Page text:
Researchers find evidence of two mega-tsunamis on Mars

Discovery supports ancient ocean theory and could lead to clues about past life on the red planet.

In a paper published in Nature, an international team of researchers outline evidence that Mars experienced two mega-tsunamis millions of years ago. The lack of shoreline features on Mars has long puzzled scientists who hypothesized that the northern lowlands of the planet were once covered by an ocean. The tsunami deposits offer an explanation and provide definitive evidence that an early ocean existed. We spoke with the paper’s lead author, Alexis Rodriguez of the Planetary Science Institute, who explains the findings and their implications.  

ResearchGate: How can you tell that these tsunamis happened?

Rodriguez: They left a sedimentary record consisting of vast rocky lobate deposits (locally eroded by backwash channels) for the older tsunami, and ice-rich lobes for the younger tsunami. The lobes are oriented upslope, so they had to have formed by run-up flows capable of transporting large boulders and water over tens to hundreds of kilometers. Tsunamis are the most, if not the only, fitting explanation for these observations.

Credit: Alexis Rodriguez
Credit: Alexis Rodriguez




 

 

 

 

 

 

 

RG: How does your discovery change what we know about Mars’s oceans?

Rodriguez: For a start, it reconciles the ocean hypothesis itself with the puzzling absence of shorelines distributed along a constant elevation. This is because the tsunamis would have overridden and buried the shorelines, and their margins of course do not follow a constant elevation. Tsunamis move far inland and can deposit materials over hills and valleys, covering a vast range of topography. Then, of course, there is the fact that the discovery of tsunami deposits represents definite evidence for the existence of the early Mars ocean.

RG: How big were the tsunamis?

Rodriguez: We have estimated that on average they were about 50 meters high, but at some locations they could have reached as much as 120 m.  Basically, high-rise heights. The surface areas they covered within the study region are also enormous; the older tsunami with ~800,000 Km^2, and he younger with 1000,000 Km^2.  So, each had roughly the combined areas of California, Nevada and Oregon.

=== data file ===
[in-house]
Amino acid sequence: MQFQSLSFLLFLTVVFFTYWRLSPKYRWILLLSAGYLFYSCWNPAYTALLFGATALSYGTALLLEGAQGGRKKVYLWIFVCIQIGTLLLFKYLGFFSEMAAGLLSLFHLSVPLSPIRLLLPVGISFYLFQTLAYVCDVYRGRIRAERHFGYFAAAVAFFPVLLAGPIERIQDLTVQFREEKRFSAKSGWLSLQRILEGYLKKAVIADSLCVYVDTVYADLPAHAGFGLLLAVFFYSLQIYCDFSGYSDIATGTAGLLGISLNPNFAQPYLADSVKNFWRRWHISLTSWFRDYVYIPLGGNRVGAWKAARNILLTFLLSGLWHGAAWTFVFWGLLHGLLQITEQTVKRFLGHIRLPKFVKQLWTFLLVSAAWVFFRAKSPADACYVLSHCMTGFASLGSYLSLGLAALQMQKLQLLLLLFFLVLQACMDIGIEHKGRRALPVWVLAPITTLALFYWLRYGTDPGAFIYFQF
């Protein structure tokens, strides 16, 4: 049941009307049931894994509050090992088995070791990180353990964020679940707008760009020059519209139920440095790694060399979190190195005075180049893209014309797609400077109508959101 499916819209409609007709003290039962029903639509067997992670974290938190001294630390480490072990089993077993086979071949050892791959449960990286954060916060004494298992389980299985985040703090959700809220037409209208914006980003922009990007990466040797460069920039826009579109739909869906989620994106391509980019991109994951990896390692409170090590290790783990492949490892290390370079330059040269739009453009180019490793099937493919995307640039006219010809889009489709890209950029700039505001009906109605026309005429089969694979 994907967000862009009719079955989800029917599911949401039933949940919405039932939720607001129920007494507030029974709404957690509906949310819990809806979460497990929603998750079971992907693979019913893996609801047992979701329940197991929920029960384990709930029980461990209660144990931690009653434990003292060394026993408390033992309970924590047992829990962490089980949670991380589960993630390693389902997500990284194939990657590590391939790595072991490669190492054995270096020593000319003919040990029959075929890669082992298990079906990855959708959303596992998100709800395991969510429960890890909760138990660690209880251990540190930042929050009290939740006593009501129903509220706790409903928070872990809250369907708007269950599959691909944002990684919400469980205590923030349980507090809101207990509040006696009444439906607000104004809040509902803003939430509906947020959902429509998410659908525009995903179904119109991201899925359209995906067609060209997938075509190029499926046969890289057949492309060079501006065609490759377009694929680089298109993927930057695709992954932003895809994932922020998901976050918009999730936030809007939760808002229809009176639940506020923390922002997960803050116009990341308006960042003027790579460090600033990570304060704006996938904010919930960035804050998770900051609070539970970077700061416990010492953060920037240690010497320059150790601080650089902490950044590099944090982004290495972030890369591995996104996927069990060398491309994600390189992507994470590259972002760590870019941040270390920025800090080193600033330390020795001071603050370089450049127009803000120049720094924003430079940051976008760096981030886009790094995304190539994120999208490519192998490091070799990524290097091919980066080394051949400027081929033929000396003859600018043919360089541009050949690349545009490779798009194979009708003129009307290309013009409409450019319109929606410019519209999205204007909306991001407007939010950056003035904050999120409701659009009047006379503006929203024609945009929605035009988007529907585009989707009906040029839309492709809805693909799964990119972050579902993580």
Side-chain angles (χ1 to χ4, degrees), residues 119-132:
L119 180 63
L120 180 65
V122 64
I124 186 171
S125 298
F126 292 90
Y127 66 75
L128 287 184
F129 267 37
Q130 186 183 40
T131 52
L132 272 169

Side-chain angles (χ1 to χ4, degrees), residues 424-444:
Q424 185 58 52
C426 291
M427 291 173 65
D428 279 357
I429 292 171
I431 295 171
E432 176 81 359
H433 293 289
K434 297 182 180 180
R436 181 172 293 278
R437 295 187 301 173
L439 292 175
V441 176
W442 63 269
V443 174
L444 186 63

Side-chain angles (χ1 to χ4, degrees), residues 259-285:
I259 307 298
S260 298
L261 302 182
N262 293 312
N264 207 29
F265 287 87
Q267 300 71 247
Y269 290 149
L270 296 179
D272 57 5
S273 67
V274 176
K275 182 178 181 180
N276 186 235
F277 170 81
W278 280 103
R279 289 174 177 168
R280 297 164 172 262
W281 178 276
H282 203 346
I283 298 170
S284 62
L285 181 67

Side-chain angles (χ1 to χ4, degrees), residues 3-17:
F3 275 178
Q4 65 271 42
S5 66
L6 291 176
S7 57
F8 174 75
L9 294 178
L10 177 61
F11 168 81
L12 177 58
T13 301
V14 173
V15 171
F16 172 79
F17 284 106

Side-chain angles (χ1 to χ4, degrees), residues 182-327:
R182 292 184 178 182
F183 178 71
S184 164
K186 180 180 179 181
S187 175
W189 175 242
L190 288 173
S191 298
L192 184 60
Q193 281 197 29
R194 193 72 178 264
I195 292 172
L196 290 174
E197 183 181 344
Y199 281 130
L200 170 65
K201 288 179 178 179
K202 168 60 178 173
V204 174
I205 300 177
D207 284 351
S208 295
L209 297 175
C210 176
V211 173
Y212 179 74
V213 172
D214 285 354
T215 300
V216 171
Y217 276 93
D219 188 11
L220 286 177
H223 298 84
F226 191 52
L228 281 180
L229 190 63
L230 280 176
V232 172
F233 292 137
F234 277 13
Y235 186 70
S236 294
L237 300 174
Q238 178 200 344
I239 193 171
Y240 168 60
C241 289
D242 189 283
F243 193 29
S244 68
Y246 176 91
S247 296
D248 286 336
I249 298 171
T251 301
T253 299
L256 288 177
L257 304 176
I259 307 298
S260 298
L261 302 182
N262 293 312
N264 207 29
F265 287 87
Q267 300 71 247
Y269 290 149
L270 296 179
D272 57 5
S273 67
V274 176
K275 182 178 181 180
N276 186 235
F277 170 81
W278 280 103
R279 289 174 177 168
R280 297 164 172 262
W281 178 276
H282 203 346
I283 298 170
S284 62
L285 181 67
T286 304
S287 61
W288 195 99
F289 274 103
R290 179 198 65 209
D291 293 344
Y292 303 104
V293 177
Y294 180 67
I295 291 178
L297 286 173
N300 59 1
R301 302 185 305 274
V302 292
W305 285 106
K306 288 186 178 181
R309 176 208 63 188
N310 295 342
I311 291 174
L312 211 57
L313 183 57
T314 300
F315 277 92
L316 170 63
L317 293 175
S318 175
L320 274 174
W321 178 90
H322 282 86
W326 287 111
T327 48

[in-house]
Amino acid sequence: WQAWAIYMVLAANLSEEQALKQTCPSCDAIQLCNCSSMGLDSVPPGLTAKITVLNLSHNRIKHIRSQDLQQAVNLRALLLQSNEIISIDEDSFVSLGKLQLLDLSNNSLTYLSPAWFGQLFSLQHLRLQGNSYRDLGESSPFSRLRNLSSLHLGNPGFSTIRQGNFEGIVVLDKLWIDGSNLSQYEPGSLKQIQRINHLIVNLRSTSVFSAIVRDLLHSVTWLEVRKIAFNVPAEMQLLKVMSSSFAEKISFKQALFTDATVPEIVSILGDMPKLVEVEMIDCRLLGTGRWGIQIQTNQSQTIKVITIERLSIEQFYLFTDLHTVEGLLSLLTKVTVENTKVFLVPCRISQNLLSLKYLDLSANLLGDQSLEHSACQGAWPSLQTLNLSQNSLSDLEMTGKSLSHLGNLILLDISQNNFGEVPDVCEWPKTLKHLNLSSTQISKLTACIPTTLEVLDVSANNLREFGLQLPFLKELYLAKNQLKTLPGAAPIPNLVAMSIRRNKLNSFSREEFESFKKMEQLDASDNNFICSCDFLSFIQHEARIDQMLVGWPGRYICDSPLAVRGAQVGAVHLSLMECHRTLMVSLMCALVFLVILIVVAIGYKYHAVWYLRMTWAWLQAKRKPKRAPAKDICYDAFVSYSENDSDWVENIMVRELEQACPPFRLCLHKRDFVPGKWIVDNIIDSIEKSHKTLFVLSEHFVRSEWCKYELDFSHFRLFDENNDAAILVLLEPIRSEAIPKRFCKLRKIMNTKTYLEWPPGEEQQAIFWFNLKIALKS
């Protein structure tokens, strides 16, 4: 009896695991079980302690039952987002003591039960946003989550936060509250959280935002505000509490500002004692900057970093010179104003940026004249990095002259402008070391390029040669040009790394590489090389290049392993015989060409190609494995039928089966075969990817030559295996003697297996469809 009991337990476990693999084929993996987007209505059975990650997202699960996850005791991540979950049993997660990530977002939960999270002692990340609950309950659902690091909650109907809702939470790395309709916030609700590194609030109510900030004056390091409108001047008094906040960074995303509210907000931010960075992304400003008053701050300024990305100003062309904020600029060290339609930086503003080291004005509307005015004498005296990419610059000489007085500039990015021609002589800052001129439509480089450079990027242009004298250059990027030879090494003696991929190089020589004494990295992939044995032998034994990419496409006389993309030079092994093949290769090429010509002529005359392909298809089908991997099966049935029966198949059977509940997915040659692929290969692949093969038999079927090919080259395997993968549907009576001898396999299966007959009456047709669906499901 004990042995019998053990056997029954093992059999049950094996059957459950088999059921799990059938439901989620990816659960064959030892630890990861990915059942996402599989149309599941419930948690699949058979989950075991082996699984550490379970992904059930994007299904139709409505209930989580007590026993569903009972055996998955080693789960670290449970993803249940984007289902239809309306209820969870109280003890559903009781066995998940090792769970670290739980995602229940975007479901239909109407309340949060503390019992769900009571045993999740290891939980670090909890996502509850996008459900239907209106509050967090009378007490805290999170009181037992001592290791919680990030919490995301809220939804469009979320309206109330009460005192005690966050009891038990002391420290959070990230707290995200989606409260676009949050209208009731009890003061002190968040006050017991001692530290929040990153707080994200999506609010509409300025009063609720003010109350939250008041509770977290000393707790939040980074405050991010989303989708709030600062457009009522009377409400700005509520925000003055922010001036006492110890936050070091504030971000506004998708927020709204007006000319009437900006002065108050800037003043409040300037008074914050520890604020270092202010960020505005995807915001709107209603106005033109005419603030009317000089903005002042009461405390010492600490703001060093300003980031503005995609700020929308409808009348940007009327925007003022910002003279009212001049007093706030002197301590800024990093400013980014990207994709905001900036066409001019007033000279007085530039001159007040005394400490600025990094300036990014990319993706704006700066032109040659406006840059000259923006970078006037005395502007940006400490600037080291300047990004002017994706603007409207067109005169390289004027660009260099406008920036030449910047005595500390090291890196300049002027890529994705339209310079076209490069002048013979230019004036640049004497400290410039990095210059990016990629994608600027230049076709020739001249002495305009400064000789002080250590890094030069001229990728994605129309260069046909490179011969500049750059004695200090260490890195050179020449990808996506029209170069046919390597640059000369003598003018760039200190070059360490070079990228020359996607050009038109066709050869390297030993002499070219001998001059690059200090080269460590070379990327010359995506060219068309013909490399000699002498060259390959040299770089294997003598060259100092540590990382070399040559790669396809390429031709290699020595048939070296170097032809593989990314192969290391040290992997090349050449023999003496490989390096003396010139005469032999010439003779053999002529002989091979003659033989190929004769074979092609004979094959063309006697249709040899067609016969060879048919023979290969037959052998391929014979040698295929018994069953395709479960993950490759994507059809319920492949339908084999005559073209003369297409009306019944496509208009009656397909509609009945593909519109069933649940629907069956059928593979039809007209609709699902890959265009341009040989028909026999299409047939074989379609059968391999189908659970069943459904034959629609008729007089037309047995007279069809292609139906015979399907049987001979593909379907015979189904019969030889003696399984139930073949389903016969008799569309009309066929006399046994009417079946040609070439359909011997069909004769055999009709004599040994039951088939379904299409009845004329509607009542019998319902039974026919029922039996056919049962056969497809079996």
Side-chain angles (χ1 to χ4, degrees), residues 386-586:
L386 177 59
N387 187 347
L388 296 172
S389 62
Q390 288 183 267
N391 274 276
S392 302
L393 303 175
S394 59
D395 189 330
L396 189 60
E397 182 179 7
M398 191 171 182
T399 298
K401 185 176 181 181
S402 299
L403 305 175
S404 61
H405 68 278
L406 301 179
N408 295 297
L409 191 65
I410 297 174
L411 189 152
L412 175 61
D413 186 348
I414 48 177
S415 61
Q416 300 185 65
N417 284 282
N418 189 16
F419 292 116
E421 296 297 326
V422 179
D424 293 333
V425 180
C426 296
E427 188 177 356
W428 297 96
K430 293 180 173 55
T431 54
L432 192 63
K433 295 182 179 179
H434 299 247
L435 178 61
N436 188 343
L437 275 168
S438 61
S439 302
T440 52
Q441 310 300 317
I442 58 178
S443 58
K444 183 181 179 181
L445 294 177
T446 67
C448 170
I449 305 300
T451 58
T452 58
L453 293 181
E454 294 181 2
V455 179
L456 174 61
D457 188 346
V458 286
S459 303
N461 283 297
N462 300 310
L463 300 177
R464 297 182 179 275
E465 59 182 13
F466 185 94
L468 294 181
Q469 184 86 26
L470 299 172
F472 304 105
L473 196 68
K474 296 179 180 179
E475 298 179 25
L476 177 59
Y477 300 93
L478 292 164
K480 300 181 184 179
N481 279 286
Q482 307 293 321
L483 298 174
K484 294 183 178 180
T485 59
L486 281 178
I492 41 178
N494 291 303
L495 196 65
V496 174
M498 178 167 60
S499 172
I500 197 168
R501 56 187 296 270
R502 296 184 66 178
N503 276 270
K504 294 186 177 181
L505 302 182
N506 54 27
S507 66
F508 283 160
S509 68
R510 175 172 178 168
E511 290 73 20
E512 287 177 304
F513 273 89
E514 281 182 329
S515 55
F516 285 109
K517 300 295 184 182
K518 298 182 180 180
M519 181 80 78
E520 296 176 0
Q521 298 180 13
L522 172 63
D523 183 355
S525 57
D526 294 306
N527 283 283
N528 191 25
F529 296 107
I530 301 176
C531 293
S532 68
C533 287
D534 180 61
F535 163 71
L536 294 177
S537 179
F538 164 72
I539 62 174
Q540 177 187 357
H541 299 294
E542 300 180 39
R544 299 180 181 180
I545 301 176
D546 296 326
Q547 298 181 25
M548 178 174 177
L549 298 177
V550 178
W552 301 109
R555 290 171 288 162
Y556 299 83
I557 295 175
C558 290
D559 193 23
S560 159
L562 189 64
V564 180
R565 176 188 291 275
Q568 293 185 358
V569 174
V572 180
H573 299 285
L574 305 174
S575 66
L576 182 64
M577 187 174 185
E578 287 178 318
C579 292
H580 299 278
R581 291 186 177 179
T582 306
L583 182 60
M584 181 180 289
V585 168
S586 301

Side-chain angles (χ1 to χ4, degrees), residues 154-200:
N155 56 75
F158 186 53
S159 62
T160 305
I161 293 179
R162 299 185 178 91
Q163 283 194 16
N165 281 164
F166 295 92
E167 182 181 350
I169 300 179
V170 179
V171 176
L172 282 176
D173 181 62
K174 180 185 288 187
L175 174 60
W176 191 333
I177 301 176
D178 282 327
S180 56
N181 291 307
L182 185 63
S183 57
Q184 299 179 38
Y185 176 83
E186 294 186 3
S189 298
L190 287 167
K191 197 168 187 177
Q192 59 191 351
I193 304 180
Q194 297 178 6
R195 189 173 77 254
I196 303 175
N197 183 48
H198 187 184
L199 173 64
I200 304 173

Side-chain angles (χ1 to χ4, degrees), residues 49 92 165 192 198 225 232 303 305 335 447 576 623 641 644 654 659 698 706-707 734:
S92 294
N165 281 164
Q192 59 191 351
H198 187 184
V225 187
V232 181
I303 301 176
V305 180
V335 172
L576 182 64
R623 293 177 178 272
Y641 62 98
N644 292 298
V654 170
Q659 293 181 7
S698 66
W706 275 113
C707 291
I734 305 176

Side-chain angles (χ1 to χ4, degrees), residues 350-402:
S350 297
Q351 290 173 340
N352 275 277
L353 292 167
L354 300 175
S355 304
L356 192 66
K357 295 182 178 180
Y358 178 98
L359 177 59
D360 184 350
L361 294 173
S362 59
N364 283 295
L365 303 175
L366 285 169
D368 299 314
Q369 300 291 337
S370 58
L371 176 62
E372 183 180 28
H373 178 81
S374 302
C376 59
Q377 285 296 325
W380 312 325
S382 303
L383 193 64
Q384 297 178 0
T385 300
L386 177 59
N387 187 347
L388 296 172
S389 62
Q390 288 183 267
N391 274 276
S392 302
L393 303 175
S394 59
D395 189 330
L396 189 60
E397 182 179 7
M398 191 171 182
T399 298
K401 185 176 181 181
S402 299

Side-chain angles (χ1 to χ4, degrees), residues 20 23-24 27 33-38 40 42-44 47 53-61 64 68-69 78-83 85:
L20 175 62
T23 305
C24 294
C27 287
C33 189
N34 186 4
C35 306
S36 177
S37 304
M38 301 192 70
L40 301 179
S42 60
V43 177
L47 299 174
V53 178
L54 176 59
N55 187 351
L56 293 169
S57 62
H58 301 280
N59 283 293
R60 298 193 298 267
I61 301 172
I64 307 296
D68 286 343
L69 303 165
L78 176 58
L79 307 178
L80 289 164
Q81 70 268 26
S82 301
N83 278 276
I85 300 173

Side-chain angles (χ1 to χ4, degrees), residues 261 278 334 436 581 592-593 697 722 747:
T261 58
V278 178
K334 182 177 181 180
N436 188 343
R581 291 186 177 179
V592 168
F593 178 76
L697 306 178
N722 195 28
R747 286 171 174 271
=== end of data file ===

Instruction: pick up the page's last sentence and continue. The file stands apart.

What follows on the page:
RG: When did they happen? What caused them?

Rodriguez: They happened approximately 3,400 million years ago, and they were likely separated by 3 to 15 million years.

We find that meteor impacts capable of generating craters 30 km in diameter are a likely cause, based on how frequently they occur over the northern ocean. However, there are other processes capable of triggering tsunamis such as quakes or landslides, and we do no not rule those out.

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Left: Color-coded digital elevation model of the study area showing the two proposed shoreline levels of an early Mars ocean that existed approximately 3.4 billion years ago. Right: Areas covered by the documented tsunami events extending from these shorelines. Credit: Alexis Rodriguez.


RG: Apart from the timeframe, are there other differences between the two events?


Rodriguez: The second tsunami appears to have frozen up prior to entering the backwash phase. We think this is because the wave propagated under much colder climatic conditions than those under which the first tsunami wave took place. These type of ice-rich slurry flows are rarely observed on Earth, however this video shows an example of what the younger tsunami might have looked like as it propagated. What is shown in the video is not a tsunami, but the surge flow is a good analog as far as the process goes.



RG: Could this discovery have any implications for the search for life on Mars?

Rodriguez: Yes. Particularly the second tsunami lobes, which are made of water-ice that emanated from the ocean itself. Sampling these materials for prebiotic and biotic signatures is important from an astrobiological perspective. Also, determining the composition of the ocean will be helpful to assess its habitability potential.

RG: What will the next research steps be for you?

Rodriguez: We are looking at marine lakes produced where the tsunamis spilled over into impact craters, and trying to compositionally characterize salt deposits that were left behind as the water evaporated. We also plan to comprehensively characterize tsunami-related morphologies surrounding the entire northern plains basin.

RG: What other research might this discovery inspire?

Rodriguez: There is a lot of research that can be done. But I think we particularly need numerical simulations capable of simulating the tsunami run-up distances from the shorelines and their subsequent backwash phases. The same applies to the dynamic behavior of tsunamis produced from an ice-covered ocean.

Featured image courtesy of the European Southern Observatory